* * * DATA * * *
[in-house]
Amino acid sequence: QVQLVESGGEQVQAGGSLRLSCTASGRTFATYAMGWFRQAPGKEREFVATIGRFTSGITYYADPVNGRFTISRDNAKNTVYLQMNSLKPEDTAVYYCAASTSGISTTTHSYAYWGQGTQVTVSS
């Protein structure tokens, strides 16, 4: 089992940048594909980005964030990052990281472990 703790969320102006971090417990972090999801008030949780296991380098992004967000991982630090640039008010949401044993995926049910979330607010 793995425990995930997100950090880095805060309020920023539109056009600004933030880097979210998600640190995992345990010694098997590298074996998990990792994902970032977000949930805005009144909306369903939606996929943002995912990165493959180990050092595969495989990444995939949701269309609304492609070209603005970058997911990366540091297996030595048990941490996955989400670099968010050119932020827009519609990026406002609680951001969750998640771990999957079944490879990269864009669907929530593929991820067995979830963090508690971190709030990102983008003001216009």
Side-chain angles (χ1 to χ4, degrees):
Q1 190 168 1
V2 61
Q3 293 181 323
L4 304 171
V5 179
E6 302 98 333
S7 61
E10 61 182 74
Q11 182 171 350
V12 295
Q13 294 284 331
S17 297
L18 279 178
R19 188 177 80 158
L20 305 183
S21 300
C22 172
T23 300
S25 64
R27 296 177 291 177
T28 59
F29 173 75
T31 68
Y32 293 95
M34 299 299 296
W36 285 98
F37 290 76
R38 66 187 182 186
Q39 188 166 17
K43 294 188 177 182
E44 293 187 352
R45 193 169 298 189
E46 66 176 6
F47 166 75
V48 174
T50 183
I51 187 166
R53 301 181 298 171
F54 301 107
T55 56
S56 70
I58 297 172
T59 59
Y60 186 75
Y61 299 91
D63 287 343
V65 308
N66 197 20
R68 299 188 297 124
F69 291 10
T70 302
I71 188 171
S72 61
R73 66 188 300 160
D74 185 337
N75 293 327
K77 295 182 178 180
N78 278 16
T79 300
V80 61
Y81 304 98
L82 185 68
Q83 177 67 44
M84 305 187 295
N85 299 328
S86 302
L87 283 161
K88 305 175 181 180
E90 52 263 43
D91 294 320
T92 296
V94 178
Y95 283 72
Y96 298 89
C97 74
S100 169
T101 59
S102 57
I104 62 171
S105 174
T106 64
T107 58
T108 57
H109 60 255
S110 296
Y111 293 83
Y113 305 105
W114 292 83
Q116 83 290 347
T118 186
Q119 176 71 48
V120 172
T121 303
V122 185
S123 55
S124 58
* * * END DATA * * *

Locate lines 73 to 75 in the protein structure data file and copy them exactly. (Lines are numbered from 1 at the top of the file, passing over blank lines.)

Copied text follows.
E90 52 263 43
D91 294 320
T92 296